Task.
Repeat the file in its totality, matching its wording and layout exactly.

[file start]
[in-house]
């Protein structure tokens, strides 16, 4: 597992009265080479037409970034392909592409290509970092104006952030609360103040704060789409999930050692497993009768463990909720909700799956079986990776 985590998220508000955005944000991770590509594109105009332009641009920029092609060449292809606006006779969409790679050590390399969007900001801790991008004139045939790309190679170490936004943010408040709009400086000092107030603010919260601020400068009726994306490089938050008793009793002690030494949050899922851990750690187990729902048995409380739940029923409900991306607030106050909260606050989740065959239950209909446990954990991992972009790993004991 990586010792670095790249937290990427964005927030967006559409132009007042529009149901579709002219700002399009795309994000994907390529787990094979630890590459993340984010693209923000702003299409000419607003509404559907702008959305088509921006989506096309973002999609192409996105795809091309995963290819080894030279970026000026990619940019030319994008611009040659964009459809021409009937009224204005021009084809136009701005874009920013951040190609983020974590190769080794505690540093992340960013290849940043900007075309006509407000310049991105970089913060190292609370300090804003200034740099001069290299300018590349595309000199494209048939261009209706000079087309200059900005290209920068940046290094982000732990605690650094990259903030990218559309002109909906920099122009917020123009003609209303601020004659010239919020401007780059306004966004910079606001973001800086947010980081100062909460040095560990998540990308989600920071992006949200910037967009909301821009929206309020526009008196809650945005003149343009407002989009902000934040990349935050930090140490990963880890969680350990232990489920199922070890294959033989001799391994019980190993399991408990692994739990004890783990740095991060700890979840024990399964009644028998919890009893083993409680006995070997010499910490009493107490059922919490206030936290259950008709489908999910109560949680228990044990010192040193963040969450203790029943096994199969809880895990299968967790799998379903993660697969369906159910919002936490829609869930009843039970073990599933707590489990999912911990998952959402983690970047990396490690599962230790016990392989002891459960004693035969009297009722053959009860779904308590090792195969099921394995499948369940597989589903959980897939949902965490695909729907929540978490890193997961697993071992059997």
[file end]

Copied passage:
[in-house]
């Protein structure tokens, strides 16, 4: 597992009265080479037409970034392909592409290509970092104006952030609360103040704060789409999930050692497993009768463990909720909700799956079986990776 985590998220508000955005944000991770590509594109105009332009641009920029092609060449292809606006006779969409790679050590390399969007900001801790991008004139045939790309190679170490936004943010408040709009400086000092107030603010919260601020400068009726994306490089938050008793009793002690030494949050899922851990750690187990729902048995409380739940029923409900991306607030106050909260606050989740065959239950209909446990954990991992972009790993004991 990586010792670095790249937290990427964005927030967006559409132009007042529009149901579709002219700002399009795309994000994907390529787990094979630890590459993340984010693209923000702003299409000419607003509404559907702008959305088509921006989506096309973002999609192409996105795809091309995963290819080894030279970026000026990619940019030319994008611009040659964009459809021409009937009224204005021009084809136009701005874009920013951040190609983020974590190769080794505690540093992340960013290849940043900007075309006509407000310049991105970089913060190292609370300090804003200034740099001069290299300018590349595309000199494209048939261009209706000079087309200059900005290209920068940046290094982000732990605690650094990259903030990218559309002109909906920099122009917020123009003609209303601020004659010239919020401007780059306004966004910079606001973001800086947010980081100062909460040095560990998540990308989600920071992006949200910037967009909301821009929206309020526009008196809650945005003149343009407002989009902000934040990349935050930090140490990963880890969680350990232990489920199922070890294959033989001799391994019980190993399991408990692994739990004890783990740095991060700890979840024990399964009644028998919890009893083993409680006995070997010499910490009493107490059922919490206030936290259950008709489908999910109560949680228990044990010192040193963040969450203790029943096994199969809880895990299968967790799998379903993660697969369906159910919002936490829609869930009843039970073990599933707590489990999912911990998952959402983690970047990396490690599962230790016990392989002891459960004693035969009297009722053959009860779904308590090792195969099921394995499948369940597989589903959980897939949902965490695909729907929540978490890193997961697993071992059997």